Six steps to NGO engagement
There is a growing worldwide movement afoot with no name, leader or headquarters. Found in every city, town and culture, it organizes from the bottom up, is extraordinarily creative, flies under the radar and includes Nongovernment Organizations (NGOs), village-based organizations, foundations, churches, institutes, citizen-based groups and more. This movement directly addresses social justice and environmental issues and is estimated to comprise more than 1 million organizations, populated by more than 100 million people. Collectively it constitutes the single biggest citizens’ movement.
Activist NGOs are the “trained militia” serving this global civil society, yet businesses often turn a blind eye, or take note too late, learning the hard way that external engagement – particularly with opinion-forming NGOs – can devastate their corporate reputation. But by welcoming their advocacy they can actually enhance and protect corporate interests. This is especially true in the digital age of activist blogs, e-mails, and video that goes viral around the world in mere seconds. The result? Consumer boycotts of your products, damaging public media campaigns and sometimes protests at your facilities. However this happens, corporate executives must face the issue head-on, accept that a campaigning NGO with public credibility has the means to bring much harm to a company’s brand and reputation and educate themselves on how to respond should they elect to target your company’s operations.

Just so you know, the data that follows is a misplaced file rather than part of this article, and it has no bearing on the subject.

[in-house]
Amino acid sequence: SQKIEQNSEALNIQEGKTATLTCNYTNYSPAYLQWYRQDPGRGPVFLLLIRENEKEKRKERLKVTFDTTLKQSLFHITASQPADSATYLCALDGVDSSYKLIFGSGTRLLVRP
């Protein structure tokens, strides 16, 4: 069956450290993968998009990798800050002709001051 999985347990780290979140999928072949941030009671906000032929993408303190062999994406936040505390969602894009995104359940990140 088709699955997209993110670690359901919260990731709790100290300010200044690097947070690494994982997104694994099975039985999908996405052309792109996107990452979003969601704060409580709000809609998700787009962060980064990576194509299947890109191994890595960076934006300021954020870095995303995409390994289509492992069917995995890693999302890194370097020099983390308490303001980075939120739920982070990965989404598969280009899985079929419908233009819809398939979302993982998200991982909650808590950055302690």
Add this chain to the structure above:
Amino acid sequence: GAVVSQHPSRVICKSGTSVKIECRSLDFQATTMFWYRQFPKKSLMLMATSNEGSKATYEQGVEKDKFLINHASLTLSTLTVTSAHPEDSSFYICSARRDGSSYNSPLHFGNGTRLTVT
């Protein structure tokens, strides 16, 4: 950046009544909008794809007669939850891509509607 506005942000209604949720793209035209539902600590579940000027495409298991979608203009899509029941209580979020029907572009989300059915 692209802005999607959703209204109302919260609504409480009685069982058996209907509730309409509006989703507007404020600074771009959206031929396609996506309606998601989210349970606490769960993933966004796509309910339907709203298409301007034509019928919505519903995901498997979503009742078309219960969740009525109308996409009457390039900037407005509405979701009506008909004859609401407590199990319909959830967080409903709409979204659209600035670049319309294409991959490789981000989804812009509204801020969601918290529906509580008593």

So how can companies work more effectively with NGOs and how can NGOs recognize the ways that business can help them accomplish their goals?